• Provide immediate childcare funding for essential workers, including healthcare and healthcare staff, social services workers, first responders and those in the food supply chain i.e. farmworkers, grocery clerks, food delivery personnel; waive family fees for all subsidized childcare programs and increase subsidized childcare for families earning less than 250% FPL.

• Pay providers to cover ongoing and COVID-19 related operating costs while they are closed for public health reasons, or open but with reduced enrollment to serve children of essential workers.

• Increase Child Welfare Agency Title IV-B Funding: $1 billion in increased funding with no match requirement through Title IV-B-1 is necessary to provide the resources that child protection agencies and states require during this period. COVID-19 is placing unprecedented challenges on state, local, and tribal child welfare systems. Family support, family strengthening, and the importance of a permanency connection have never been more critical. Child welfare agencies must have the ability during the COVID-19 crisis to engage directly with families and to allow children who can safely remain in their homes to thrive in that setting.

• Provide for an Increase in All Foster Care Payments across all programs/placements including placements that provide specialty mental health services.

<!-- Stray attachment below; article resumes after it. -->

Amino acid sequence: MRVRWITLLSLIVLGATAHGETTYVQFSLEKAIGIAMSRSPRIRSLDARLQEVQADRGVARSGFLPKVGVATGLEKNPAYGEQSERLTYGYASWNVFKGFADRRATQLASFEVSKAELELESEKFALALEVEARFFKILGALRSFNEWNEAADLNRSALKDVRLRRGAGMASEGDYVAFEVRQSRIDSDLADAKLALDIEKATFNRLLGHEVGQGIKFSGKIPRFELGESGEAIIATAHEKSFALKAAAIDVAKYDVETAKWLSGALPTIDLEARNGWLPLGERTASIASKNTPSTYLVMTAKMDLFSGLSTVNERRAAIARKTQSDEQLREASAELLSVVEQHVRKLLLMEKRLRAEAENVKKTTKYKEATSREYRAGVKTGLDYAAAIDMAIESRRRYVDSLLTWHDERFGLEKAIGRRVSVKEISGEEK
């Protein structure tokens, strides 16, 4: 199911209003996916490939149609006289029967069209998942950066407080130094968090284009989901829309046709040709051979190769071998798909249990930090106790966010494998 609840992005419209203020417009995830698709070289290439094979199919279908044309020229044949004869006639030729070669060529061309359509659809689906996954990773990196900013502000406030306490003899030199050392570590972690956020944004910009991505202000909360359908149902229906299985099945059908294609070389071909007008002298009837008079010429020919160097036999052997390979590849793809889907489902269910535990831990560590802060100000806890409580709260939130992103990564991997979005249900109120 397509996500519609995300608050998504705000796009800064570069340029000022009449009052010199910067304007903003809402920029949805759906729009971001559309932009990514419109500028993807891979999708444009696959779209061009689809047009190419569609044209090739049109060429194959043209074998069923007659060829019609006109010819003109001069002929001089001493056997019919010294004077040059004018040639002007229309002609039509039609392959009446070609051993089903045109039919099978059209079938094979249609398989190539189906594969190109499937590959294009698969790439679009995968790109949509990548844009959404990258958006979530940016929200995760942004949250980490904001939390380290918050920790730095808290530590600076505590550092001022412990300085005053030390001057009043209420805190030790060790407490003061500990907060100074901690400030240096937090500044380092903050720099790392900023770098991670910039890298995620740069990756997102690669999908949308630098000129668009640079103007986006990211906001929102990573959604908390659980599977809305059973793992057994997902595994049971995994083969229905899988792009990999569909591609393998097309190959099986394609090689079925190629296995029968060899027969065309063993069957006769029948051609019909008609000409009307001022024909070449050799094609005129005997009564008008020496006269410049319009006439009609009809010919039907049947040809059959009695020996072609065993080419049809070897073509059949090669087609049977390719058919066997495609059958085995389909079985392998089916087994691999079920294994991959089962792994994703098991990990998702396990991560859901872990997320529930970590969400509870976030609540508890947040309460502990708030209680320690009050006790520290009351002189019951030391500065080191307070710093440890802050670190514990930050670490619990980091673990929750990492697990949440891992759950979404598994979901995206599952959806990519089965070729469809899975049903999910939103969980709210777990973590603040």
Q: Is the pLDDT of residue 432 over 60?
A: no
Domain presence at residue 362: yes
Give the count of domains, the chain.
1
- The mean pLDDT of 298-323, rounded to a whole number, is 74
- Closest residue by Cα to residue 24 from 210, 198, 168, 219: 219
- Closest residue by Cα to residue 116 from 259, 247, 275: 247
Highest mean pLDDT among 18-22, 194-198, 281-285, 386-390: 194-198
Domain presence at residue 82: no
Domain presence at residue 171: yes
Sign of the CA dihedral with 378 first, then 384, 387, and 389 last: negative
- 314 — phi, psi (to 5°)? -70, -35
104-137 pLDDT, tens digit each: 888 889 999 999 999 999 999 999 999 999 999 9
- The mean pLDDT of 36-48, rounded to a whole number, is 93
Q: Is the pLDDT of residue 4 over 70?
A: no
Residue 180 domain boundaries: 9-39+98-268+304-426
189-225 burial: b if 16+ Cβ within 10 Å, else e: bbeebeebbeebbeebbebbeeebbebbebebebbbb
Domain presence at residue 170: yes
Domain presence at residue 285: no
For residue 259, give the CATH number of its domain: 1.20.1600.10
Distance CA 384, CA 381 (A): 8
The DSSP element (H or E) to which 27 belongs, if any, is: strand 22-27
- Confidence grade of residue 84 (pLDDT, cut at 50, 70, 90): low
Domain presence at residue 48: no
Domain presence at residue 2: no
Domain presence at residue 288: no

o Eliminate the Federal Eligibility Component for the duration of the COVID-19 crisis
o Alternatively, temporarily raise the Federal Reimbursement rate to 80% as baseline funding to States.

• Increase Transition Aged Youth Funding and Flexibility in Extended Foster Care (EFC): Increase Title IV-E Chafee funds by $500 million and increase flexibility in the fund to allow for coverage of basic housing-related needs and other COVID-19 related needs; suspend school and work requirements as a condition of participation in EFC; Permit young adults to remain in EFC for 12 months upon reaching the maximum eligible age and continue Title IV-E funding to States for this purpose; and Prohibit states from discharging youth age 18 and older who are in EFC, unless the youth specifically requests discharge to a safe setting.

• Provide COVID-19 Stimulus Federal Funding for Pre-K through Community College to address increased challenges created by the crisis targeted for low income and special populations such as the following: Title I programs for disadvantaged students, Special Education, Head Start, After School Programs and the E-Rate program.

• Increase funding for Workforce Opportunity and Innovation Act, with a targeted investment in the Youth Program and flexibility for Workforce Boards to serve low income youth inclusive of foster, justice-involved, homeless youth. These populations, who are often youth of color, are disproportionately impacted by the COVID-19 recession.

• Community Development Block Grant funding increase: This funding will allow state and local governments to have a flexible resource to address the needs of their communities when mitigating the impacts of COVID-19.

• Provide $5 billion in emergency housing assistance to help communities minimize homelessness and identify space (like hotels and motels) for isolation and quarantine, help with outreach to make sure people facing homelessness have safe space.